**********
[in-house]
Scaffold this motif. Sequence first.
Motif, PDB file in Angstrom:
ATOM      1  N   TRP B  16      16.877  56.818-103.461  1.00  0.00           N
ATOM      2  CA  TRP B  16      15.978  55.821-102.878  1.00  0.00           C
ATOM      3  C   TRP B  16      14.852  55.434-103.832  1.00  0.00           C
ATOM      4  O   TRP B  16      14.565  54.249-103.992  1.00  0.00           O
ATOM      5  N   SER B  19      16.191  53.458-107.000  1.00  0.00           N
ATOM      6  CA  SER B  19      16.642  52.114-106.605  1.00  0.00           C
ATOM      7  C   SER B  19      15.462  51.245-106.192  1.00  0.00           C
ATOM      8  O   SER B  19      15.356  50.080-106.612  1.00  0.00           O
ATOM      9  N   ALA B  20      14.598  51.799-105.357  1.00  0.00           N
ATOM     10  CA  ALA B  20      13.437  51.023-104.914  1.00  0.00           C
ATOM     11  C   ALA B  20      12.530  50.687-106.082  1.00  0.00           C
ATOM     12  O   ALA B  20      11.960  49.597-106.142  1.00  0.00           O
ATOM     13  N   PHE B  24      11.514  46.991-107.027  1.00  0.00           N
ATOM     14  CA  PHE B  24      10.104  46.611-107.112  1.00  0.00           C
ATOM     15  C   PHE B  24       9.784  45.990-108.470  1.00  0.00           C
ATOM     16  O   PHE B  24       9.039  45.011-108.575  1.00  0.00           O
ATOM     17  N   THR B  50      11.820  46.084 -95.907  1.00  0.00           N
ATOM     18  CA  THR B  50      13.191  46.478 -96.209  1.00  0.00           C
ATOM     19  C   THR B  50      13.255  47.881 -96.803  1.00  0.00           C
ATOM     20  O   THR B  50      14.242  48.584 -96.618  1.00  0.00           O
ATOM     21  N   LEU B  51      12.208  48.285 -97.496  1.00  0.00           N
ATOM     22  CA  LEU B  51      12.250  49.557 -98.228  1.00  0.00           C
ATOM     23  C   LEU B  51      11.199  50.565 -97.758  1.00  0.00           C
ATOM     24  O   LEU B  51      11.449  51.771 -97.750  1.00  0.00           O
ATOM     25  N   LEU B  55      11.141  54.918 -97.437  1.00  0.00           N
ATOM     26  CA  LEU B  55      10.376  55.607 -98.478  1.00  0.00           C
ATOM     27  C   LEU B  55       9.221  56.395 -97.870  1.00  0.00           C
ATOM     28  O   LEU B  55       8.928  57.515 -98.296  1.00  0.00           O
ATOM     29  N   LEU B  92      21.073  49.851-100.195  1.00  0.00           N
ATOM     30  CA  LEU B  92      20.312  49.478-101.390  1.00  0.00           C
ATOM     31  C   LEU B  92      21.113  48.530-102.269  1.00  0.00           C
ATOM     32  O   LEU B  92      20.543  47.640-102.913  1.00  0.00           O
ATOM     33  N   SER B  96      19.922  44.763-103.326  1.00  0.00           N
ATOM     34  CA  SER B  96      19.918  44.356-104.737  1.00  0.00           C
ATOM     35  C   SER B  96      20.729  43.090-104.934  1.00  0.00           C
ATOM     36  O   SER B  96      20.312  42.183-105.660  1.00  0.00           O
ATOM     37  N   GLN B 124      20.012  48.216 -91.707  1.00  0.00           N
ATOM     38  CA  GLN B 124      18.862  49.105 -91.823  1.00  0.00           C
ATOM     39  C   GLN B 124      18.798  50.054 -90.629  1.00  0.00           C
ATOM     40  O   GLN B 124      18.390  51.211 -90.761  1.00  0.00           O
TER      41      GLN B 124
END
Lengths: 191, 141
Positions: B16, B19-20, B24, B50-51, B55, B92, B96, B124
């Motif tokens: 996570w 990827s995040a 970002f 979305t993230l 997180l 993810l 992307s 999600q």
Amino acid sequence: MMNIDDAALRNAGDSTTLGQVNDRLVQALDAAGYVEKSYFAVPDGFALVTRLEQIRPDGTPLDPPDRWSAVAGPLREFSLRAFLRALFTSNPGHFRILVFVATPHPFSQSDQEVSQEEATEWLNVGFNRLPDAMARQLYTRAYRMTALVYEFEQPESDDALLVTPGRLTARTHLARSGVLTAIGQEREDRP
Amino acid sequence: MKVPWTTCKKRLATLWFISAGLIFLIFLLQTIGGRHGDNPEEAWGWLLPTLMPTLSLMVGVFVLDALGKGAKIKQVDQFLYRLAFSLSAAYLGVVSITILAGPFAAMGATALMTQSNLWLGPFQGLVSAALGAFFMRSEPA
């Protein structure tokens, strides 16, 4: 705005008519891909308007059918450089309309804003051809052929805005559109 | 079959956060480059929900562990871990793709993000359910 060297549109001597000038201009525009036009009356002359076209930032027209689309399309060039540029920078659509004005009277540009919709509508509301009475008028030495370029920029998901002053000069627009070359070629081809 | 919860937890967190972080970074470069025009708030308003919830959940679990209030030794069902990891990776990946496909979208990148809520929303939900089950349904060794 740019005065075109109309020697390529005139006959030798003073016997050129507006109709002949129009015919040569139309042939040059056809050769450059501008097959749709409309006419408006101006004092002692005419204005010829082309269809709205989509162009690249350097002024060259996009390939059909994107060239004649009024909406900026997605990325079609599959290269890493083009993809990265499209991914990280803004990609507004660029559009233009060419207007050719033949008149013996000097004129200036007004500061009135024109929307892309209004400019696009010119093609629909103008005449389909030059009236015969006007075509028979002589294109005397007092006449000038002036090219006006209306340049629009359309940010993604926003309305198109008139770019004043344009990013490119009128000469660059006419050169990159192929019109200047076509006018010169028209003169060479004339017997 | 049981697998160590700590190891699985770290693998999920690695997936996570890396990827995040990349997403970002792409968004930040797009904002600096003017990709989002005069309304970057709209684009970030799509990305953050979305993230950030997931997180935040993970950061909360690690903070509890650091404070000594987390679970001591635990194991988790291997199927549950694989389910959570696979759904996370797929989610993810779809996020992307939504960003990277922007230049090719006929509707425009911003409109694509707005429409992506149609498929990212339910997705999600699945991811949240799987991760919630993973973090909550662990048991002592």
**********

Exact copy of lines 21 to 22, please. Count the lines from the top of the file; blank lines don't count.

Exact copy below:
ATOM     18  CA  THR B  50      13.191  46.478 -96.209  1.00  0.00           C
ATOM     19  C   THR B  50      13.255  47.881 -96.803  1.00  0.00           C